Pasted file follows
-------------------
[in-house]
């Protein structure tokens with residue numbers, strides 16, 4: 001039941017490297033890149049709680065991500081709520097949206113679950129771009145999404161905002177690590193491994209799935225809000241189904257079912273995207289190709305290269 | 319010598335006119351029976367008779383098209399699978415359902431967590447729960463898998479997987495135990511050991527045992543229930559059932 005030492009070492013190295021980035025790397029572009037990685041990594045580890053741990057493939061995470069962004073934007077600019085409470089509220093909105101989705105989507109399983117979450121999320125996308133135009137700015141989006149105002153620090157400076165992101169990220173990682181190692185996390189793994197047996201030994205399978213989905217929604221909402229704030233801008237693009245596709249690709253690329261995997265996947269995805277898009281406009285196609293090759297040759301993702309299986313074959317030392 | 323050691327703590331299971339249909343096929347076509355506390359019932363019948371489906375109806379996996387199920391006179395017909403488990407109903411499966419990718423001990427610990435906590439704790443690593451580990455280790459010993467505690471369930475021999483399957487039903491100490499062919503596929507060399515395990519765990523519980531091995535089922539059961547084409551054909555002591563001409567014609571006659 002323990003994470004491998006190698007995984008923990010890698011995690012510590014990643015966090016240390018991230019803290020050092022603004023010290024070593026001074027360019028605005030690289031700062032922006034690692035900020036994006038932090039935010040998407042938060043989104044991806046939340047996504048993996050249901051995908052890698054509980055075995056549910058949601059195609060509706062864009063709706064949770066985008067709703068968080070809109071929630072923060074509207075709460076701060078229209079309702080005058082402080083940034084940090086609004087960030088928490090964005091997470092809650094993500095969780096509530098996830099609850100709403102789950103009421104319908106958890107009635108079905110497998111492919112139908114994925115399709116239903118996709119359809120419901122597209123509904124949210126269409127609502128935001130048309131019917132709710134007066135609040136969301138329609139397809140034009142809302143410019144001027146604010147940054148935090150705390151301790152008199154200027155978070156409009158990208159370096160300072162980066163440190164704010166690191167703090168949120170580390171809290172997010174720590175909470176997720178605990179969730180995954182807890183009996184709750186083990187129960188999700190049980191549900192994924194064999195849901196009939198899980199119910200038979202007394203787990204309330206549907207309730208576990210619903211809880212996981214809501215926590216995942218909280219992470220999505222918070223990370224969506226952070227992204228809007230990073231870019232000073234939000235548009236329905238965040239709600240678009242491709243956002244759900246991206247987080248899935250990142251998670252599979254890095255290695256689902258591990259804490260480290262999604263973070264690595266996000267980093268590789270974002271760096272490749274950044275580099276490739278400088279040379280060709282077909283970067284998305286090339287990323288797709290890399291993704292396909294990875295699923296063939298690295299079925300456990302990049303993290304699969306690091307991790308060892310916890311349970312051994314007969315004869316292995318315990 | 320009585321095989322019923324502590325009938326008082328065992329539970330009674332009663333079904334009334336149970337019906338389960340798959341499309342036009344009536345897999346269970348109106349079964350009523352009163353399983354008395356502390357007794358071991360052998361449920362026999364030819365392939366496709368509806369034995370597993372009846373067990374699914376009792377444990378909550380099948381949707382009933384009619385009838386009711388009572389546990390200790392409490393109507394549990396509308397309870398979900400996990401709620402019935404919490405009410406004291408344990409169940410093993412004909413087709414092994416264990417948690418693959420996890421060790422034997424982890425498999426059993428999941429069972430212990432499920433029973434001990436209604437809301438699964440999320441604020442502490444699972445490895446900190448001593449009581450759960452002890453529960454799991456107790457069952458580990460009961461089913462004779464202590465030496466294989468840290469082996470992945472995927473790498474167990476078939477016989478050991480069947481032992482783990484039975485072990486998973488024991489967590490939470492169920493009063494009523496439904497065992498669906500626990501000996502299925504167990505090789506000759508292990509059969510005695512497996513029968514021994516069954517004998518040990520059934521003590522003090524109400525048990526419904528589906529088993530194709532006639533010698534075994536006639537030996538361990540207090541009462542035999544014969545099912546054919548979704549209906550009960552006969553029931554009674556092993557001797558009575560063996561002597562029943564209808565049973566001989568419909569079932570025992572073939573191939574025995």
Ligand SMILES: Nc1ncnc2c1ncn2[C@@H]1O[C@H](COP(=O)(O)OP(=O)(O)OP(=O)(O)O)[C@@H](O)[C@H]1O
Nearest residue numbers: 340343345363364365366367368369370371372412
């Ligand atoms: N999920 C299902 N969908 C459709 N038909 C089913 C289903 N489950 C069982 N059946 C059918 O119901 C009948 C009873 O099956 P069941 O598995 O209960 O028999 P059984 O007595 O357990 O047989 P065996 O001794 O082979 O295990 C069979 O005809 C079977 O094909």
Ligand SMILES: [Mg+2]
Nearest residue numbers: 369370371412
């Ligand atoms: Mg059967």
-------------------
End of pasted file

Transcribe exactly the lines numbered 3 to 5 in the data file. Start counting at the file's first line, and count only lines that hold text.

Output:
Ligand SMILES: Nc1ncnc2c1ncn2[C@@H]1O[C@H](COP(=O)(O)OP(=O)(O)OP(=O)(O)O)[C@@H](O)[C@H]1O
Nearest residue numbers: 340343345363364365366367368369370371372412
């Ligand atoms: N999920 C299902 N969908 C459709 N038909 C089913 C289903 N489950 C069982 N059946 C059918 O119901 C009948 C009873 O099956 P069941 O598995 O209960 O028999 P059984 O007595 O357990 O047989 P065996 O001794 O082979 O295990 C069979 O005809 C079977 O094909």